Objectives The inappropriate use of medications is harmful and is a common issue in hospitalised patients. Patients hospitalised in general surgery wards are usually at high risk for drug-related problems (DRPs). This randomised controlled trial aimed to explore the value of a pharmaceutical care service conducted in general surgery wards in the identification and reduction of DRPs in comparison with standard medical care.
Methods This study was conducted in general surgery wards including abdominal, cardiovascular, vascular, endocrine, orthopaedic and oncological surgeries at one of the largest teaching hospitals in Jordan over a period of 6 months. Recruited patients were randomised into intervention or control groups. Clinical pharmacists assessed patients’ DRPs and submitted recommendations to resolve the identified DRPs in the intervention group.
Results Patients in the intervention group (n=63) and the control group (n=60) had a mean age of 55±14.4 years, with 52.0% being women. A total of 1062 DRPs were identified, with a mean of 8.6±3.6 per patient (intervention group, 8.65±4.2; control group, 8.62±2.6; p=0.56). The commonly identified DRPs included safety (20.2%) and efficacy (19.0%) issues. The acceptance rate for pharmacists’ recommendations by physicians was very high (90%) with a good DRP correction rate of 58.9% during patients’ hospital stay. The value of pharmaceutical care was significantly reflected in the achievement of the therapeutic outcomes and prevention of morbidity (resolved/improved or prevented) of 68.2% (24.2%+44%) in the intervention group compared with 19.2% (12.4%+6.8%) in the control group (p<0.001).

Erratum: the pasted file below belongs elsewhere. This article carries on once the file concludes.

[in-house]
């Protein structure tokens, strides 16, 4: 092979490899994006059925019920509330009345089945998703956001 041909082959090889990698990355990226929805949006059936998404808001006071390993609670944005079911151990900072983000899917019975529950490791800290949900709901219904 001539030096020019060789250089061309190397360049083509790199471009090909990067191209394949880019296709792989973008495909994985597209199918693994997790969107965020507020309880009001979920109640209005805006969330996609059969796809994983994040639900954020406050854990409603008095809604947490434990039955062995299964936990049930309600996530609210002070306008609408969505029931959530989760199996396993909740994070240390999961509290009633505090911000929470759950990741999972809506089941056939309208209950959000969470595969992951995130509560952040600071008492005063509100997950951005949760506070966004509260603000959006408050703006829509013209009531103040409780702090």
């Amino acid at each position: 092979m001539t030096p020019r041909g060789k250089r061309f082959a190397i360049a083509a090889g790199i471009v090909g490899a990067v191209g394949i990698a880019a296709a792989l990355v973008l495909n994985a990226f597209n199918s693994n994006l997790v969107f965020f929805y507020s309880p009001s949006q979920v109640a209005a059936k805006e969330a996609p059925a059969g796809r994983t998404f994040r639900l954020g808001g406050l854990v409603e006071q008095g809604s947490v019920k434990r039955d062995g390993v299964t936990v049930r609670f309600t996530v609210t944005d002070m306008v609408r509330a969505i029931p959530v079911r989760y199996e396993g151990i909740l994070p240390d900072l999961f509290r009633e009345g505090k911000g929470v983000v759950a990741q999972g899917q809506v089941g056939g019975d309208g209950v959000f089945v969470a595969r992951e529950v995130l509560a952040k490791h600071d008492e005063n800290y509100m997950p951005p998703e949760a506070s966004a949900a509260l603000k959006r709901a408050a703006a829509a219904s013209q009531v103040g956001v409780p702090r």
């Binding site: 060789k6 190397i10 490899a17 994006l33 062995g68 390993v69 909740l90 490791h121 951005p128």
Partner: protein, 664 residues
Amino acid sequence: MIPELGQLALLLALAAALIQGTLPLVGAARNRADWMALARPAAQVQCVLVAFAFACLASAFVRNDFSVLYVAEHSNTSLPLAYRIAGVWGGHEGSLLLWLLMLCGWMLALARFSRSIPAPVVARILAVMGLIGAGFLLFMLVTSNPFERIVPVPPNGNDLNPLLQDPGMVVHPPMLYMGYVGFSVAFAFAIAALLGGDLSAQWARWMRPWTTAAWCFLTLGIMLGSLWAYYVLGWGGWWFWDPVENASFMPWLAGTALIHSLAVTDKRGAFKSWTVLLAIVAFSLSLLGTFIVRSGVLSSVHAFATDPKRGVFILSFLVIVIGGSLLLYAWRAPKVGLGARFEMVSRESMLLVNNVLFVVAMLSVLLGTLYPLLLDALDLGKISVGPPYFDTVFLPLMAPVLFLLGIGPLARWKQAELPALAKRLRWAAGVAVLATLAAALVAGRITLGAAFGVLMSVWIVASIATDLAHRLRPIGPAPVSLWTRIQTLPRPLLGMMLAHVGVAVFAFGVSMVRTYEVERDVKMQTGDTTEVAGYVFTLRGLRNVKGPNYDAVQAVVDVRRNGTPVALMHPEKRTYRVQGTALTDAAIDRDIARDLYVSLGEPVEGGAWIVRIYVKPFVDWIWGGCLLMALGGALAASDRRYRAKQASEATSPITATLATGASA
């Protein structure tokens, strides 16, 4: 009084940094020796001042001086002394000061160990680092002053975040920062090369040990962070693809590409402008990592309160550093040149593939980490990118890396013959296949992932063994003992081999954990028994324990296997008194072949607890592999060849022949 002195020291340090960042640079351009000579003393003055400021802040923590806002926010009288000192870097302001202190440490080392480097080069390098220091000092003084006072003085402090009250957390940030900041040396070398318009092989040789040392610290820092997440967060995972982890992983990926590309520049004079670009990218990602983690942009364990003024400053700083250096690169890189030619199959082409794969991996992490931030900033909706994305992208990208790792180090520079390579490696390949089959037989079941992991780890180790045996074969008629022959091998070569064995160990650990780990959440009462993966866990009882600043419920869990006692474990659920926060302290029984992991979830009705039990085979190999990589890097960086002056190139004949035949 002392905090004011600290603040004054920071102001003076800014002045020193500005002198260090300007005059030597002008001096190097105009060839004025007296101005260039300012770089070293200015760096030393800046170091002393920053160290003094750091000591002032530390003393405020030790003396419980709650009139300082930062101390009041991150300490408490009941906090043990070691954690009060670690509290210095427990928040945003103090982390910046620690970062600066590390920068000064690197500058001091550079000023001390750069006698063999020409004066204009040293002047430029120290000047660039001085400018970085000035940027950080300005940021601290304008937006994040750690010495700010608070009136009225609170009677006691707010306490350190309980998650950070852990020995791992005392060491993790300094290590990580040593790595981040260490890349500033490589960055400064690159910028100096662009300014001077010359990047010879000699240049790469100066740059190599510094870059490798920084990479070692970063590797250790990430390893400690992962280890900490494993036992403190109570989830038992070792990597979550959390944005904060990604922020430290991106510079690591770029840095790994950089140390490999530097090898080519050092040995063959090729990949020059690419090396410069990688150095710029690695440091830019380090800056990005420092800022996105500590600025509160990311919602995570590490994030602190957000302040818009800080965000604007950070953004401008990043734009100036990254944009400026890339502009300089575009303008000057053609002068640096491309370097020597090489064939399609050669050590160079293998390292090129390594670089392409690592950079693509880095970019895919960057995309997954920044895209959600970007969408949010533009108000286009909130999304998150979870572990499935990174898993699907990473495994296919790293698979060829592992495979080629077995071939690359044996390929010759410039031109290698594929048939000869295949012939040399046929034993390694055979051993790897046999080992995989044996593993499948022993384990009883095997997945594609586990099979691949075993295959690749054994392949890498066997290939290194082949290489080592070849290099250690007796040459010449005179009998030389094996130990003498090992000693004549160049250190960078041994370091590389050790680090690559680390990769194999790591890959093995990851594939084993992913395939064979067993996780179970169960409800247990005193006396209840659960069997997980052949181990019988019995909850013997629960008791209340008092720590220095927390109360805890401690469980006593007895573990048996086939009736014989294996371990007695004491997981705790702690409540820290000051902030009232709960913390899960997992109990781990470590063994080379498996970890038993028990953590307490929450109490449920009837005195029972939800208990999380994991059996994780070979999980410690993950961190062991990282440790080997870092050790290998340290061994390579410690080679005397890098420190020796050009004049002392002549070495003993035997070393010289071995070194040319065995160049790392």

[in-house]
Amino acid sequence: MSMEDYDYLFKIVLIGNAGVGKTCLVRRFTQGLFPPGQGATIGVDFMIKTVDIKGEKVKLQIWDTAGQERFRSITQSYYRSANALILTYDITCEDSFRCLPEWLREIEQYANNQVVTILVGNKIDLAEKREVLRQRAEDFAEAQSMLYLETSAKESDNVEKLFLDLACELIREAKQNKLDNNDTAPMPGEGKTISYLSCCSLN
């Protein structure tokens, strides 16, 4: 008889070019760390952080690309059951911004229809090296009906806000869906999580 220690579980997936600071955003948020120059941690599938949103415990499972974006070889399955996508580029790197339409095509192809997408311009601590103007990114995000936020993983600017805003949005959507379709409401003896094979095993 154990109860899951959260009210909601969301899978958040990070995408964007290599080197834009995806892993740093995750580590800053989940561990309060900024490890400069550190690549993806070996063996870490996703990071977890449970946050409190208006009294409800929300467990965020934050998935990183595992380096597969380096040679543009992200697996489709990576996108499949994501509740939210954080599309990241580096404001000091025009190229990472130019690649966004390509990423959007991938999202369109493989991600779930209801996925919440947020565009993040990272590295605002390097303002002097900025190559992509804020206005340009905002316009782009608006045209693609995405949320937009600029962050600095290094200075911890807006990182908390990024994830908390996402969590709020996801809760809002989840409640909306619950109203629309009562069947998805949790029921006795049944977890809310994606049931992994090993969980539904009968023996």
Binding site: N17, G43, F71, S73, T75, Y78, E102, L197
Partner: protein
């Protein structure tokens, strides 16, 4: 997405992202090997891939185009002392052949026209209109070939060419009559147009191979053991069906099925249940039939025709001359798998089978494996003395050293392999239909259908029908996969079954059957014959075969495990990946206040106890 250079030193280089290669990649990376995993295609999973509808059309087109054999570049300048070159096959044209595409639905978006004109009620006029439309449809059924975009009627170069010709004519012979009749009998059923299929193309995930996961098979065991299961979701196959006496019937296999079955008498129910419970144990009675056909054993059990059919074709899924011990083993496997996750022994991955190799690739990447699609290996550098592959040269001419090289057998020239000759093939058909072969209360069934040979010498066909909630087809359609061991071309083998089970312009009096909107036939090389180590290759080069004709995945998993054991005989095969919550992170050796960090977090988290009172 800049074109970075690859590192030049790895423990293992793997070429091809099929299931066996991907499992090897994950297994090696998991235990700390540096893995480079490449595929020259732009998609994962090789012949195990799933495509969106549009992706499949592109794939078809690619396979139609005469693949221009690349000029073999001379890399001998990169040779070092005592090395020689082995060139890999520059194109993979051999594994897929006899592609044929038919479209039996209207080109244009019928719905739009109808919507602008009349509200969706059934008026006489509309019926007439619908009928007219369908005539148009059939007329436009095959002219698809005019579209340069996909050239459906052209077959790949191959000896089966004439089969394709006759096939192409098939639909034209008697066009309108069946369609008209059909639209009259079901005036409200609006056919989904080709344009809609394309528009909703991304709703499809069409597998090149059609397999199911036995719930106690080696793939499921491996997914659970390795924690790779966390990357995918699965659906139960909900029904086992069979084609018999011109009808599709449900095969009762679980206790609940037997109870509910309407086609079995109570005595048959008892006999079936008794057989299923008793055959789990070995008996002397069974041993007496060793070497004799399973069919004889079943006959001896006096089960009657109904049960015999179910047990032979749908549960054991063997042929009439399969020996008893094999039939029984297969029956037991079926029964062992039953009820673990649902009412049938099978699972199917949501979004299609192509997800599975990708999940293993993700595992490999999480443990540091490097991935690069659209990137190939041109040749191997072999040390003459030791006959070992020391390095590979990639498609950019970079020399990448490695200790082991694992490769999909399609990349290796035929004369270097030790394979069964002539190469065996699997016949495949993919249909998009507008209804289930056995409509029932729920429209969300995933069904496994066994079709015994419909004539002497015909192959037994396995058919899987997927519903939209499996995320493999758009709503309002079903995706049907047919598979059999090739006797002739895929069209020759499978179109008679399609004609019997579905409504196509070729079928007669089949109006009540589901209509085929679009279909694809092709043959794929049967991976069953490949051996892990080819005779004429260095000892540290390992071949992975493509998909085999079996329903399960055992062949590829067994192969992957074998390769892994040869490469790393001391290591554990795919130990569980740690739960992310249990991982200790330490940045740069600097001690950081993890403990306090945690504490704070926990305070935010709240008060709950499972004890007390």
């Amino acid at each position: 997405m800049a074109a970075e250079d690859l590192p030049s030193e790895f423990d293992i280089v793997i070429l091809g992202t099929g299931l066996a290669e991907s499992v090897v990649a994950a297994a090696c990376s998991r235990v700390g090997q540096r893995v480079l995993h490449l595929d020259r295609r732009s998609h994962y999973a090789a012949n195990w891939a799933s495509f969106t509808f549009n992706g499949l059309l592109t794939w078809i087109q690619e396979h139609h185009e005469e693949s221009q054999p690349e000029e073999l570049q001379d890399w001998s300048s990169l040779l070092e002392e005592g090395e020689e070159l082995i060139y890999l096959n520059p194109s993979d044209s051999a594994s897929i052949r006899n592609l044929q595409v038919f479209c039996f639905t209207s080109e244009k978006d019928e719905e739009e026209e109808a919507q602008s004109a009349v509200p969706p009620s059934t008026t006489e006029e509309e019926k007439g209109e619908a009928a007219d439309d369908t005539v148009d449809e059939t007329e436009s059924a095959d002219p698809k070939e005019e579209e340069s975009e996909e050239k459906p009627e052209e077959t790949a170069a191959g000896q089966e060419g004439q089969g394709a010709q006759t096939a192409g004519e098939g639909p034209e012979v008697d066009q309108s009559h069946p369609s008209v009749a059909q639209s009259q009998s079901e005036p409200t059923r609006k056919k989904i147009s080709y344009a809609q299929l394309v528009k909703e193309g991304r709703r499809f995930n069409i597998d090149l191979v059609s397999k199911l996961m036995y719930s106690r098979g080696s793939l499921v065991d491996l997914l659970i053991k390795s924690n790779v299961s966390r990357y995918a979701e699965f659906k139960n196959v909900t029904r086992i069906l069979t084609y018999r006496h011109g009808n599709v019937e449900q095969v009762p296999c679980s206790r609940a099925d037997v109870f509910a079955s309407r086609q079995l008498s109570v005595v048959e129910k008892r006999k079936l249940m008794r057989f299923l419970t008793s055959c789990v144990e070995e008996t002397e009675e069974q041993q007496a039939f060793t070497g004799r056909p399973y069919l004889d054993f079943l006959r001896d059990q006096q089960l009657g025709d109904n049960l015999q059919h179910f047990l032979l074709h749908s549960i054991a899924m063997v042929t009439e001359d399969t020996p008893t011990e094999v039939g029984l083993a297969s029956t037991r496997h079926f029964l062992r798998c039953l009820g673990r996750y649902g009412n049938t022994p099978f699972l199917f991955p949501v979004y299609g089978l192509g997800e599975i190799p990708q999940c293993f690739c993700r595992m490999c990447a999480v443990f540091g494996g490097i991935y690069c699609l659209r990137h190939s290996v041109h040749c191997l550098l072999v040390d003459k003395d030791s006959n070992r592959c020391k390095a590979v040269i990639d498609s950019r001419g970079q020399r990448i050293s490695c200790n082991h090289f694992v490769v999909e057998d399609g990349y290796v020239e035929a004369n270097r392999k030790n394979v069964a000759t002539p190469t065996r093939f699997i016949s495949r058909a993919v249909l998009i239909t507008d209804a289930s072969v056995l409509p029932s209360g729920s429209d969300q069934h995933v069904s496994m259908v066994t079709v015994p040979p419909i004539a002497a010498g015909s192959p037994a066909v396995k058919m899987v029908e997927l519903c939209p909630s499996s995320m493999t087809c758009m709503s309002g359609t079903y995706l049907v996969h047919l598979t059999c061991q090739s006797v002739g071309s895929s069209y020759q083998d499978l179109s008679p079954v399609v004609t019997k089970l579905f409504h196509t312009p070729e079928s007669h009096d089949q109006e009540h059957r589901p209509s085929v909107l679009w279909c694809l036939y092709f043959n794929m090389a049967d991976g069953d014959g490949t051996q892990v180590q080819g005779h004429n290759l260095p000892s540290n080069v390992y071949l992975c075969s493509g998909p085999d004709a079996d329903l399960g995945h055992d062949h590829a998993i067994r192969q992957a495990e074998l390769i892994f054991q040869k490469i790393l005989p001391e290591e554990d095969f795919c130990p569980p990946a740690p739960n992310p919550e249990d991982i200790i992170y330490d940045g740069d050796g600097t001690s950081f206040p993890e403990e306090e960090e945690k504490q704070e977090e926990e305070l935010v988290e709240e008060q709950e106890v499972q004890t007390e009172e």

Conclusions This study shows that DRPs are common among general surgery patients in Jordan, especially those related to drug safety and efficacy. Pharmacists’ recommendations contributed substantially to resolving most of the identified DRPs and had a significant impact on improving medications used in general surgery patients.
- clinical pharmacy
- evidence based medicine
- medical errors
- public health
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